Jeremy hated re-shelving.

"Excuse me?"

He looked up, and was astonished to see the girl from earlier that day. She had come back wanting help with finding information on how the Contstitution came to be written. "It's a history class, and we just did the revolutionary war, so I think that's what he wants us to do." He pointed her to the Collier Brothers "Decision in Philadelphia" and the Federalist Papers, and showed her how to use the library catalog online, including how to print out a request to take to the counter for books in the closed stacks.

He had also pointed out to her that if she lived closer to another branch she could order books online and pick them up at her local branch in a day or two. "Probably not for this project, but maybe in the future." Then he showed her some online resources the library maintains, reachable from her home computer, that were based on print sources that would probably be acceptable to her teacher -- "I'd ask your teacher first, to make sure, though."

She did seem less sullen by the time he left her at the computer with the catalog, but he hadn't thought of her as his first Mike-style success or anything. But here she was, two hours or so later, interrupting his filing.

"Did you need something, Miss?" he asked.

"Um, well. . . Do you know how to find someone online? Like, find out where they live and their phone number and stuff? If they're not in the phone book, I mean?"
He was thunderstruck. He did, indeed, know a few ways to do that. And it had never even occurred to him to try to look up Liliana.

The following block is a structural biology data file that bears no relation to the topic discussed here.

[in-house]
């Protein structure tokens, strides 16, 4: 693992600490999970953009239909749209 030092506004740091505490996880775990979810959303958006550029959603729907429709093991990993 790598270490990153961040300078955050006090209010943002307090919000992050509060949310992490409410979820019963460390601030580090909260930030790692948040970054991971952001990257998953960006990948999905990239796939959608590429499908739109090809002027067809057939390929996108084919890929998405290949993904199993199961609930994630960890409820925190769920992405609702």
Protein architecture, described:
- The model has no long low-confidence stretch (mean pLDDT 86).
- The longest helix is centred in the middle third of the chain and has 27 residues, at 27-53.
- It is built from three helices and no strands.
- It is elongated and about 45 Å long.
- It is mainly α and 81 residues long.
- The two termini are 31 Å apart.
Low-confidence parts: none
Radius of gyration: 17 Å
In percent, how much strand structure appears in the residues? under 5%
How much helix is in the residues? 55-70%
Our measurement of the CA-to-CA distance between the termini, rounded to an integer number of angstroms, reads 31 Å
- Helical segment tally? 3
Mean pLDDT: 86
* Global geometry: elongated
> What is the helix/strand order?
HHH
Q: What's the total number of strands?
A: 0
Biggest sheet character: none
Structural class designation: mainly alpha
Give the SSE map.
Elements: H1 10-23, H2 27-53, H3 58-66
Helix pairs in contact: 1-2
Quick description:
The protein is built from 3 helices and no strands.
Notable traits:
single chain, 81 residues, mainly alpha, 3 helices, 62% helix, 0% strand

By the time he explained to her where she needed to go to get help he could just help her himself, he figured, so he left his cart and took her to a free terminal. They started with Yahoo, even though they generally only had listed phone numbers, and he showed her how to find some more. Most of the ones that might be of some real use to her were, unfortunately, hugely expensive -- $25 was the cheapest, and they went up to $150, and none of them promised results so it could just be money down the drain. He wasn't able to help her, and then he had to really rush to try to get his books re-shelved on time, and in fact didn't make it.

"Sorry, I was helping a patron," he started to explain to Cecelia, his supervisor, but she waved him off tolerantly and gave him a wry smile. He guessed she'd seen him with Ashley.

Sure enough. "Cute girl," she said.

"Was she?" he said," I didn't notice. Just trying to help a library patron. Customer service is what we're all about, right?"

She laughed.

As soon as he could get a free minute, he sat down at his own computer and went to Yahoo People.

That was no good. You needed a last name. He didn't know her last name. He mentally kicked himself for not finding out her last name. He couldn't even look her up in the phone book, even if she was listed!

He tried half a dozen people search sites. They all required a last name. He figured "Liliana" would be uncommon enough that he wouldn't have to have a last name, not like "John" or "Ashley," but they wouldn't even let him try.

Until he came to Intelius. Intelius didn't care that he didn't have a last name. They'll let you search with whatever you've got.

Unfortunately, they turned up no Lilianas in the state of Missouri.

He didn't know if Intelius included unlisted phone numbers or not. He suspected not. Most of the free search sites didn't. He knew there were services that tracked people by aggregating a variety of public and private databases, everything from drivers license and voter registration to those sweepstakes things you fill out to win a car at a baseball game. But the St. Louis Public Library didn't subscribe to any of them, so he didn't have access.

He had been so intoxicated by her that he'd never gotten her name, her phone number, any way to get in touch with her. She said she would see him again soon, but she left without saying where or when. He had no way to get in touch with her, no way to find her. All he could do was go back to the ruins at the fountain pond and hope she showed up again. And what would he do if she didn't?

He shook his head, sadly. He didn't know what he was going to do.